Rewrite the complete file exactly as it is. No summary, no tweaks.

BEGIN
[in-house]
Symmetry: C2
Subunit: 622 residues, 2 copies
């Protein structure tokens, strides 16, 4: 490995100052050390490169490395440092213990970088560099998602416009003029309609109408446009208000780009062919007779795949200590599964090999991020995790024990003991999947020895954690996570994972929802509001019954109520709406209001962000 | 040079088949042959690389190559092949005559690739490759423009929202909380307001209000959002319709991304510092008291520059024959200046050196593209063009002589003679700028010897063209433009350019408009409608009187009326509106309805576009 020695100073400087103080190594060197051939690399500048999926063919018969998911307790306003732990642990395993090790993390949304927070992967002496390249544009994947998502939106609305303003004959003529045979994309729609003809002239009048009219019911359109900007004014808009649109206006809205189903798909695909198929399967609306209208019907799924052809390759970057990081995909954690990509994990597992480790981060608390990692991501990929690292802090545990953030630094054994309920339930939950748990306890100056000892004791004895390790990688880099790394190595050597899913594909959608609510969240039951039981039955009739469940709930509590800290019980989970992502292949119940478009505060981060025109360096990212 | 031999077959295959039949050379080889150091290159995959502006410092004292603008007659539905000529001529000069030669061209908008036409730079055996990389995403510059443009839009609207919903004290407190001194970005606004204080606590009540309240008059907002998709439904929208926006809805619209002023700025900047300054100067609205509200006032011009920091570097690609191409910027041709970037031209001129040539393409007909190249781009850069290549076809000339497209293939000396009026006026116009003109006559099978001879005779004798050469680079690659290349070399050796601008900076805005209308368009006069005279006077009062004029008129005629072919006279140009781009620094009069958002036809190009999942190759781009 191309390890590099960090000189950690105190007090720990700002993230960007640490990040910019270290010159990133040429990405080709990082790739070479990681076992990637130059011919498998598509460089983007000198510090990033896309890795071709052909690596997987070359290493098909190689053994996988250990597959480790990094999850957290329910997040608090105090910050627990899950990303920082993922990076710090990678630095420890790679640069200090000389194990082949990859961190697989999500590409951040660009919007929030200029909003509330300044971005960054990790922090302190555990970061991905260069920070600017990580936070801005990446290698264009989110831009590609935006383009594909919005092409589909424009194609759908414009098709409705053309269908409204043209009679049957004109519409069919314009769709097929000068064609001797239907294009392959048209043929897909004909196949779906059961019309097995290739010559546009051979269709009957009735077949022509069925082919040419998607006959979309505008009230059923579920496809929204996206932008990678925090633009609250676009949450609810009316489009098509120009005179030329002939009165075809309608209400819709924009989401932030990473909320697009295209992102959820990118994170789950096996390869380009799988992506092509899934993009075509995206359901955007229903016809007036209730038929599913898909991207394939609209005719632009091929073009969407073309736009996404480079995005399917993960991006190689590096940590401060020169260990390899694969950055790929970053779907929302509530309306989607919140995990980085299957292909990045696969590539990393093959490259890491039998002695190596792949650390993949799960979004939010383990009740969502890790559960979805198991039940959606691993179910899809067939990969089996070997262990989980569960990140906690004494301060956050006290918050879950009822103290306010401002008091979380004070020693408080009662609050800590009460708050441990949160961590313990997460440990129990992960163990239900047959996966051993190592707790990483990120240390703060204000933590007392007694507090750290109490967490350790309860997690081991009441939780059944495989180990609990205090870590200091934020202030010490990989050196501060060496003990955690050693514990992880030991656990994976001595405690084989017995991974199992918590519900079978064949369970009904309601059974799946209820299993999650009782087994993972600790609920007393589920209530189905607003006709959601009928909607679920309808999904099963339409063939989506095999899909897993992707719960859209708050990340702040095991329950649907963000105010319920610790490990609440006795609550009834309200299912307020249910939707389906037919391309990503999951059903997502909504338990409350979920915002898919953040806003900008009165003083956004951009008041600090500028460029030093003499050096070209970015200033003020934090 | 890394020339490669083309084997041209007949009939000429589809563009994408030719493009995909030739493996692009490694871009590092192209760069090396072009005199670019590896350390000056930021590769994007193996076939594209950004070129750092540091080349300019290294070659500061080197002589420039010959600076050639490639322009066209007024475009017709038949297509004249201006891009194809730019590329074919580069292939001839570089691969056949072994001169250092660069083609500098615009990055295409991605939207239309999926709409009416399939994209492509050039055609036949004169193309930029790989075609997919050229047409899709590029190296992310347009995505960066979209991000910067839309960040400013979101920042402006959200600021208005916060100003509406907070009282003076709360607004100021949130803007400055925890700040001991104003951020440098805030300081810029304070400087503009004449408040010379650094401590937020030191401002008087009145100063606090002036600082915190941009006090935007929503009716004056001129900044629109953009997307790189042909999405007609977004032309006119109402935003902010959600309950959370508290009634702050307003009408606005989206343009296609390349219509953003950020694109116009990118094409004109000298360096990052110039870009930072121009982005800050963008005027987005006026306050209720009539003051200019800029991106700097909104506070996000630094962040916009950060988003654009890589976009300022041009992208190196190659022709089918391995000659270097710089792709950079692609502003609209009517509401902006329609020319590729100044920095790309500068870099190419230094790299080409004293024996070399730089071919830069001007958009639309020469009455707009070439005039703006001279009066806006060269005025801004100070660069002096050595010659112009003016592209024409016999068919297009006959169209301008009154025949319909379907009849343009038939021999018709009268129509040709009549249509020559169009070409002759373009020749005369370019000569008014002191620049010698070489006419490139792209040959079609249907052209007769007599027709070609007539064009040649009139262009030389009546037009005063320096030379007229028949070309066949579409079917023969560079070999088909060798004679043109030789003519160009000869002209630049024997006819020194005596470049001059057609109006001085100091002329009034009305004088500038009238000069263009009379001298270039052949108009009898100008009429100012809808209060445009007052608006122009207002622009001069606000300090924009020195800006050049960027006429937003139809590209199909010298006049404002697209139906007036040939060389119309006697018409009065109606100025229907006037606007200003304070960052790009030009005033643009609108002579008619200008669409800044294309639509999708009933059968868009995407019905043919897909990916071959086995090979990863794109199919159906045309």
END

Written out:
[in-house]
Symmetry: C2
Subunit: 622 residues, 2 copies
């Protein structure tokens, strides 16, 4: 490995100052050390490169490395440092213990970088560099998602416009003029309609109408446009208000780009062919007779795949200590599964090999991020995790024990003991999947020895954690996570994972929802509001019954109520709406209001962000 | 040079088949042959690389190559092949005559690739490759423009929202909380307001209000959002319709991304510092008291520059024959200046050196593209063009002589003679700028010897063209433009350019408009409608009187009326509106309805576009 020695100073400087103080190594060197051939690399500048999926063919018969998911307790306003732990642990395993090790993390949304927070992967002496390249544009994947998502939106609305303003004959003529045979994309729609003809002239009048009219019911359109900007004014808009649109206006809205189903798909695909198929399967609306209208019907799924052809390759970057990081995909954690990509994990597992480790981060608390990692991501990929690292802090545990953030630094054994309920339930939950748990306890100056000892004791004895390790990688880099790394190595050597899913594909959608609510969240039951039981039955009739469940709930509590800290019980989970992502292949119940478009505060981060025109360096990212 | 031999077959295959039949050379080889150091290159995959502006410092004292603008007659539905000529001529000069030669061209908008036409730079055996990389995403510059443009839009609207919903004290407190001194970005606004204080606590009540309240008059907002998709439904929208926006809805619209002023700025900047300054100067609205509200006032011009920091570097690609191409910027041709970037031209001129040539393409007909190249781009850069290549076809000339497209293939000396009026006026116009003109006559099978001879005779004798050469680079690659290349070399050796601008900076805005209308368009006069005279006077009062004029008129005629072919006279140009781009620094009069958002036809190009999942190759781009 191309390890590099960090000189950690105190007090720990700002993230960007640490990040910019270290010159990133040429990405080709990082790739070479990681076992990637130059011919498998598509460089983007000198510090990033896309890795071709052909690596997987070359290493098909190689053994996988250990597959480790990094999850957290329910997040608090105090910050627990899950990303920082993922990076710090990678630095420890790679640069200090000389194990082949990859961190697989999500590409951040660009919007929030200029909003509330300044971005960054990790922090302190555990970061991905260069920070600017990580936070801005990446290698264009989110831009590609935006383009594909919005092409589909424009194609759908414009098709409705053309269908409204043209009679049957004109519409069919314009769709097929000068064609001797239907294009392959048209043929897909004909196949779906059961019309097995290739010559546009051979269709009957009735077949022509069925082919040419998607006959979309505008009230059923579920496809929204996206932008990678925090633009609250676009949450609810009316489009098509120009005179030329002939009165075809309608209400819709924009989401932030990473909320697009295209992102959820990118994170789950096996390869380009799988992506092509899934993009075509995206359901955007229903016809007036209730038929599913898909991207394939609209005719632009091929073009969407073309736009996404480079995005399917993960991006190689590096940590401060020169260990390899694969950055790929970053779907929302509530309306989607919140995990980085299957292909990045696969590539990393093959490259890491039998002695190596792949650390993949799960979004939010383990009740969502890790559960979805198991039940959606691993179910899809067939990969089996070997262990989980569960990140906690004494301060956050006290918050879950009822103290306010401002008091979380004070020693408080009662609050800590009460708050441990949160961590313990997460440990129990992960163990239900047959996966051993190592707790990483990120240390703060204000933590007392007694507090750290109490967490350790309860997690081991009441939780059944495989180990609990205090870590200091934020202030010490990989050196501060060496003990955690050693514990992880030991656990994976001595405690084989017995991974199992918590519900079978064949369970009904309601059974799946209820299993999650009782087994993972600790609920007393589920209530189905607003006709959601009928909607679920309808999904099963339409063939989506095999899909897993992707719960859209708050990340702040095991329950649907963000105010319920610790490990609440006795609550009834309200299912307020249910939707389906037919391309990503999951059903997502909504338990409350979920915002898919953040806003900008009165003083956004951009008041600090500028460029030093003499050096070209970015200033003020934090 | 890394020339490669083309084997041209007949009939000429589809563009994408030719493009995909030739493996692009490694871009590092192209760069090396072009005199670019590896350390000056930021590769994007193996076939594209950004070129750092540091080349300019290294070659500061080197002589420039010959600076050639490639322009066209007024475009017709038949297509004249201006891009194809730019590329074919580069292939001839570089691969056949072994001169250092660069083609500098615009990055295409991605939207239309999926709409009416399939994209492509050039055609036949004169193309930029790989075609997919050229047409899709590029190296992310347009995505960066979209991000910067839309960040400013979101920042402006959200600021208005916060100003509406907070009282003076709360607004100021949130803007400055925890700040001991104003951020440098805030300081810029304070400087503009004449408040010379650094401590937020030191401002008087009145100063606090002036600082915190941009006090935007929503009716004056001129900044629109953009997307790189042909999405007609977004032309006119109402935003902010959600309950959370508290009634702050307003009408606005989206343009296609390349219509953003950020694109116009990118094409004109000298360096990052110039870009930072121009982005800050963008005027987005006026306050209720009539003051200019800029991106700097909104506070996000630094962040916009950060988003654009890589976009300022041009992208190196190659022709089918391995000659270097710089792709950079692609502003609209009517509401902006329609020319590729100044920095790309500068870099190419230094790299080409004293024996070399730089071919830069001007958009639309020469009455707009070439005039703006001279009066806006060269005025801004100070660069002096050595010659112009003016592209024409016999068919297009006959169209301008009154025949319909379907009849343009038939021999018709009268129509040709009549249509020559169009070409002759373009020749005369370019000569008014002191620049010698070489006419490139792209040959079609249907052209007769007599027709070609007539064009040649009139262009030389009546037009005063320096030379007229028949070309066949579409079917023969560079070999088909060798004679043109030789003519160009000869002209630049024997006819020194005596470049001059057609109006001085100091002329009034009305004088500038009238000069263009009379001298270039052949108009009898100008009429100012809808209060445009007052608006122009207002622009001069606000300090924009020195800006050049960027006429937003139809590209199909010298006049404002697209139906007036040939060389119309006697018409009065109606100025229907006037606007200003304070960052790009030009005033643009609108002579008619200008669409800044294309639509999708009933059968868009995407019905043919897909990916071959086995090979990863794109199919159906045309």